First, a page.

### Rice’s Theorem

Proof:

• reduce from ATM (i.e. show ATM ≤m P)

• what should f(<M, w>) produce?

• f(<M, w>) = <M’> described below:

• NO maps to NO?

• <M, w>  ATM  L(f(M, w)) = L(TØ) f(M, w)  P

• on input x,

• accept iff M accepts w and M1 accepts x

• (intersection of two RE languages)

CS21 Lecture 13

### Post Correspondence Problem

• many undecidable problems unrelated to TMs and automata

• classic example: Post Correspondence Problem

PCP = {<(x1, y1), (x2, y2), …, (xk, yk)> :

xi, yi Σ* and there exists (a1, a2, …, an) for which xa1xa2…xan= ya1ya2…yan}

CS21 Lecture 13

### Post Correspondence Problem

PCP = {<(x1, y1), (x2, y2), …, (xk, yk)> :

xi, yi Σ* and there exists (a1, a2, …, an) for which xa1xa2…xan= ya1ya2…yan}

x1

y1

x2

y2

x2

y2

x1

y1

x5

y5

x2

y2

x1

y1

x3

y3

x4

y4

x4

y4

x3

y3

xk

yk

x2x1x5x2x1x3x4x4 = y2y1y5y2y1y3y4y4

“tiles”

“match”

CS21 Lecture 13

### Post Correspondence Problem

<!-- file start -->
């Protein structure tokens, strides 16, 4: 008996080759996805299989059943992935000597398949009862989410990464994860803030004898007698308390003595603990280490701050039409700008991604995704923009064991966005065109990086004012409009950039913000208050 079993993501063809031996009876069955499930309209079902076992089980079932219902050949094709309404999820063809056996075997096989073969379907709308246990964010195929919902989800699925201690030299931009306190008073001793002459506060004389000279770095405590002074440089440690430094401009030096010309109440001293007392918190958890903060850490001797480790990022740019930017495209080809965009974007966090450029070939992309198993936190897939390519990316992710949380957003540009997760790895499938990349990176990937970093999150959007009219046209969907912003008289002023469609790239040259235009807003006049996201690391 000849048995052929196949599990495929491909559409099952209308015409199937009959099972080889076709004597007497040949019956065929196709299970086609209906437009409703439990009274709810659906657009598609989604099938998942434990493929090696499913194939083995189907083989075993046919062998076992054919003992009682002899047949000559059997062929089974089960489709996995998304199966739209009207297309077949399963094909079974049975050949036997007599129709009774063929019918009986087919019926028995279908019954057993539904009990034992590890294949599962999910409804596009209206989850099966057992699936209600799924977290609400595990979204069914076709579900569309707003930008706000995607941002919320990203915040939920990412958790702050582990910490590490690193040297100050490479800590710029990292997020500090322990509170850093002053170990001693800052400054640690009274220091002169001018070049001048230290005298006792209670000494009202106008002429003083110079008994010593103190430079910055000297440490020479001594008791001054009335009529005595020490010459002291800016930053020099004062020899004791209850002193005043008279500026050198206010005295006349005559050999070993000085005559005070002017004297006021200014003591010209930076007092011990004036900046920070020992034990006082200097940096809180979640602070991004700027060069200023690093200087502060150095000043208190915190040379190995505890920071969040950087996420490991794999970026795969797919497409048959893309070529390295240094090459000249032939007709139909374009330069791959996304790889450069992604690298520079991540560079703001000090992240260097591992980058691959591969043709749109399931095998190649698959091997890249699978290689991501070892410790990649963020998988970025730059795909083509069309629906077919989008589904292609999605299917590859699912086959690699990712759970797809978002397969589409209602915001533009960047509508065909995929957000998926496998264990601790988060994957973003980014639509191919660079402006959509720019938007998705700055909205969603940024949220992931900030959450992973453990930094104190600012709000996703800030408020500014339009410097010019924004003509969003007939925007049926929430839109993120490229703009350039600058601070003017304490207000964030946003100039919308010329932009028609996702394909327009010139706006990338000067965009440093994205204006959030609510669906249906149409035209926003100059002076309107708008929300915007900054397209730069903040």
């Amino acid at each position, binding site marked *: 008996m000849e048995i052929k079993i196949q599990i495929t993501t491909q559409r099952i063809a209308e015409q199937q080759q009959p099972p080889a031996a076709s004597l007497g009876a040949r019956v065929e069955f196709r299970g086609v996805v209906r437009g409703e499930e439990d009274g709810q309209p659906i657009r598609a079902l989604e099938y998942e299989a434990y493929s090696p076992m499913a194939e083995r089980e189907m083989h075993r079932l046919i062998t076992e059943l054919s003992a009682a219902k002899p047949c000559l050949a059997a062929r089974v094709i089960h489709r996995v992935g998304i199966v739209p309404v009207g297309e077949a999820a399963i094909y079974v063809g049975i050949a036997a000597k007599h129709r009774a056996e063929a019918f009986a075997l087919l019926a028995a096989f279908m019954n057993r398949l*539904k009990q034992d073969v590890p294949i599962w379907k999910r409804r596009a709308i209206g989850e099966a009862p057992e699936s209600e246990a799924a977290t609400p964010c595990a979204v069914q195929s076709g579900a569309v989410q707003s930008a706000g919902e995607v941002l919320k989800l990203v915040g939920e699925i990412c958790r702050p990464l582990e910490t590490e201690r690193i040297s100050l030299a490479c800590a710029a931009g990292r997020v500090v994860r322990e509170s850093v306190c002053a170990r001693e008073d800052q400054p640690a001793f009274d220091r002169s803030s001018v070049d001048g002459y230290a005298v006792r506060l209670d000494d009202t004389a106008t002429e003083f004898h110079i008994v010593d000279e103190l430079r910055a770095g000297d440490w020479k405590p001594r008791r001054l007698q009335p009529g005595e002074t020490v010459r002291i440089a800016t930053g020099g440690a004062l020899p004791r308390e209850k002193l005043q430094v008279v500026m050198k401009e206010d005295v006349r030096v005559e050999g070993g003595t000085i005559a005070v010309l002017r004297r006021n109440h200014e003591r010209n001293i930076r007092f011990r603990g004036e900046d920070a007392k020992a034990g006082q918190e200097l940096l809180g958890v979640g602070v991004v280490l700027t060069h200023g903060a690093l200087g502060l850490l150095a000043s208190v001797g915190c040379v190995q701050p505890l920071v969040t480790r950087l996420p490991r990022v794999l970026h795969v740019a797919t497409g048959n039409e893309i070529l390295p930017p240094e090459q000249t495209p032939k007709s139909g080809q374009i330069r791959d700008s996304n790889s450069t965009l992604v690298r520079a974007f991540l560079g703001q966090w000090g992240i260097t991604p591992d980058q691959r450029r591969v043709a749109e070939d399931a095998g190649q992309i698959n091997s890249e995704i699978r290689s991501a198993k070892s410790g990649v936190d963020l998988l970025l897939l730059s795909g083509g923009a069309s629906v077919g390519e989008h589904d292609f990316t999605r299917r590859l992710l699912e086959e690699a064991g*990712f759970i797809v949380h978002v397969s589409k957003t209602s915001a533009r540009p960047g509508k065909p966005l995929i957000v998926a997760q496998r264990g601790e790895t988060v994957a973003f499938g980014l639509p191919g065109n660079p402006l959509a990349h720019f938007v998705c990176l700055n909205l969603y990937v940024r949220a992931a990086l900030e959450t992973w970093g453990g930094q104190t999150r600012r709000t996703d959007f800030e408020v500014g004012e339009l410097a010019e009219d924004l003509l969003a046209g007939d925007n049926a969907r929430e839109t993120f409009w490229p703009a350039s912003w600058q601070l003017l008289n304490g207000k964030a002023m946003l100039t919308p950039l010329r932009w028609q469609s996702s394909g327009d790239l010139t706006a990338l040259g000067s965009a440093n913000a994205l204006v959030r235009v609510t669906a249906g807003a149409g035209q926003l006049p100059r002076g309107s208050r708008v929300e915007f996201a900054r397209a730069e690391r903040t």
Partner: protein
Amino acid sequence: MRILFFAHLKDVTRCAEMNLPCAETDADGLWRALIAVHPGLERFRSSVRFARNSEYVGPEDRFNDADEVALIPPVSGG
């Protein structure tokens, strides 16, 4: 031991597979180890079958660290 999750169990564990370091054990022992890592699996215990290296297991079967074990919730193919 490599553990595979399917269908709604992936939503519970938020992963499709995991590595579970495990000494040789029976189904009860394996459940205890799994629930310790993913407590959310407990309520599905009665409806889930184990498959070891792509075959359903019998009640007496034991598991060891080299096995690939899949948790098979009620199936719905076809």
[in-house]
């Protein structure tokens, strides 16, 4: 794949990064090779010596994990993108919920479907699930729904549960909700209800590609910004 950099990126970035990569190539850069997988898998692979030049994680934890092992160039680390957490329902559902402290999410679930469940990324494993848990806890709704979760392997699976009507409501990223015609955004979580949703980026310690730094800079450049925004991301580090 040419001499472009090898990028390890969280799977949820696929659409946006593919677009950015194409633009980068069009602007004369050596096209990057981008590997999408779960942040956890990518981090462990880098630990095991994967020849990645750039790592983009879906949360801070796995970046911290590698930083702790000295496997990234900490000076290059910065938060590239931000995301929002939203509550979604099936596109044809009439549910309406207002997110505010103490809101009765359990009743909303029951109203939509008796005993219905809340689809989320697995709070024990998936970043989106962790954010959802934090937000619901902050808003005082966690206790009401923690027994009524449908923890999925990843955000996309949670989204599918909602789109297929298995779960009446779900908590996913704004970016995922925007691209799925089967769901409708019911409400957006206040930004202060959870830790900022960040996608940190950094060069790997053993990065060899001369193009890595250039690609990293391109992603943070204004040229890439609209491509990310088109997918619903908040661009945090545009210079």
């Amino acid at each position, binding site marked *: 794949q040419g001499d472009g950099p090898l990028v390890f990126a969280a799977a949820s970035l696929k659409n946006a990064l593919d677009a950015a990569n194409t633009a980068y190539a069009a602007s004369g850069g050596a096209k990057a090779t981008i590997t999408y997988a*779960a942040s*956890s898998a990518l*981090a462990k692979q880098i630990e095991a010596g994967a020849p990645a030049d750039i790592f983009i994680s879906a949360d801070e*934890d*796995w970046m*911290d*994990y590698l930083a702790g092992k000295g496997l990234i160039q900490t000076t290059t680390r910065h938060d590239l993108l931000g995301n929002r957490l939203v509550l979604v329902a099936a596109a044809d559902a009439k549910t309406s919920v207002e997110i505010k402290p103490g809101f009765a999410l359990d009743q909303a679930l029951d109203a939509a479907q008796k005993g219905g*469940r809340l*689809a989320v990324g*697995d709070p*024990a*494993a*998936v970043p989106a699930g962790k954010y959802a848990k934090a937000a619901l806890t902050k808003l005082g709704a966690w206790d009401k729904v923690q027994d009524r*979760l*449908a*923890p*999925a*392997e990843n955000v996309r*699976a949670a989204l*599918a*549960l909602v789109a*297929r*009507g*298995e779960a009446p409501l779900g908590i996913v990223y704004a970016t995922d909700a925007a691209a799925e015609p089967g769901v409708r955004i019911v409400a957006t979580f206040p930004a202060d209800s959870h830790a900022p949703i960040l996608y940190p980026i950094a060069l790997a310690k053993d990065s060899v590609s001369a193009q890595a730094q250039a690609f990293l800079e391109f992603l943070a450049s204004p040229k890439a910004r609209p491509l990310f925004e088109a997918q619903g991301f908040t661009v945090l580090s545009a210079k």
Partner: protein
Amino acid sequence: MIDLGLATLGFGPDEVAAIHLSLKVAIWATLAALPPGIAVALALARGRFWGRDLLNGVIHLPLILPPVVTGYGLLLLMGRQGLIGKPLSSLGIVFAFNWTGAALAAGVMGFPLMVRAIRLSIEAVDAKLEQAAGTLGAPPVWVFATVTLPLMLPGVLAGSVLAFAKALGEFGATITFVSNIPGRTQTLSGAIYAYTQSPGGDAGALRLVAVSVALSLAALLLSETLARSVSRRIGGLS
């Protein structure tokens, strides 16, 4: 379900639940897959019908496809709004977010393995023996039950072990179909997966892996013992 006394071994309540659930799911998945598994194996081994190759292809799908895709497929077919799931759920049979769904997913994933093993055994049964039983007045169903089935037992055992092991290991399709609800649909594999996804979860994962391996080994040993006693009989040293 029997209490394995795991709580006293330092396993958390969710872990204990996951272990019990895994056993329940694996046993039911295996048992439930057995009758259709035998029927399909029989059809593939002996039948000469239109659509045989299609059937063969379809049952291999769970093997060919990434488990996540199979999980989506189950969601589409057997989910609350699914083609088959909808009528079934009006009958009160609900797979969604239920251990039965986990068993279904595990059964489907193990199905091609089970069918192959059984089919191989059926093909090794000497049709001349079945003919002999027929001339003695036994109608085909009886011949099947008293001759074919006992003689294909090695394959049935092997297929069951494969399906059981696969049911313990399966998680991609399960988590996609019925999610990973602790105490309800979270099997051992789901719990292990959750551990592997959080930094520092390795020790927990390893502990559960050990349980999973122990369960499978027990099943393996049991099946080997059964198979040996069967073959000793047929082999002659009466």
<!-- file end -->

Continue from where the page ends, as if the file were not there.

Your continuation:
Theorem: PCP is undecidable.

Proof:

• reduce from ATM (i.e. show ATM ≤m PCP)

• two step reduction makes it easier

• first, show ATM ≤m MPCP

(MPCP = “modified PCP”)

• next, show MPCP≤m PCP

CS21 Lecture 13

### Post Correspondence Problem

MPCP = {<(x1, y1), (x2, y2), …, (xk, yk)> :

xi, yi Σ* and there exists (a1, a2, …, an) for which x1xa1xa2…xan= y1ya1ya2…yan}

Proof of MPCP≤m PCP:

• notation: for a string u = u1u2u3…um

• u means the string u1u2u3u4…um

• u means the string u1u2u3u4…um

• u means the string u1u2u3u4…um

CS21 Lecture 13

### Post Correspondence Problem

Proof of MPCP≤m PCP:

• given an instance (x1, y1), …, (xk, yk) of MPCP

• produce an instance of PCP:

(x1, y1) , (x1, y1), (x2, y2), …, (xk, yk), (, )

• YES maps to YES?

• given a match in original MPCP instance, can produce a match in the new PCP instance

• NO maps to NO?

• given a match in the new PCP instance, can produce a match in the original MPCP instance

CS21 Lecture 13

### Post Correspondence Problem

• YES maps to YES?

• given a match in original MPCP instance, can produce a match in the new PCP instance

x1

y1

x4

y4

x5

y5

x2

y2

x1

y1

x3

y3

x4

y4

x4

y4

x1

y1

x4

y4

x5

y5

x2

y2

x1

y1

x3

y3

x4

y4

x4

y4



CS21 Lecture 13

### Post Correspondence Problem

• NO maps to NO?

• given a match in the new PCP instance, can produce a match in the original MPCP instance

x1

y1

x4

y4

x5

y5

x2

y2

x1

y1

x3

y3

x4

y4

x4

y4



“” symbols must align

x1

y1

x4

y4

x5

y5

x2

y2

x1

y1

x3

y3

x4

y4

x4

y4

can only appear at the end

CS21 Lecture 13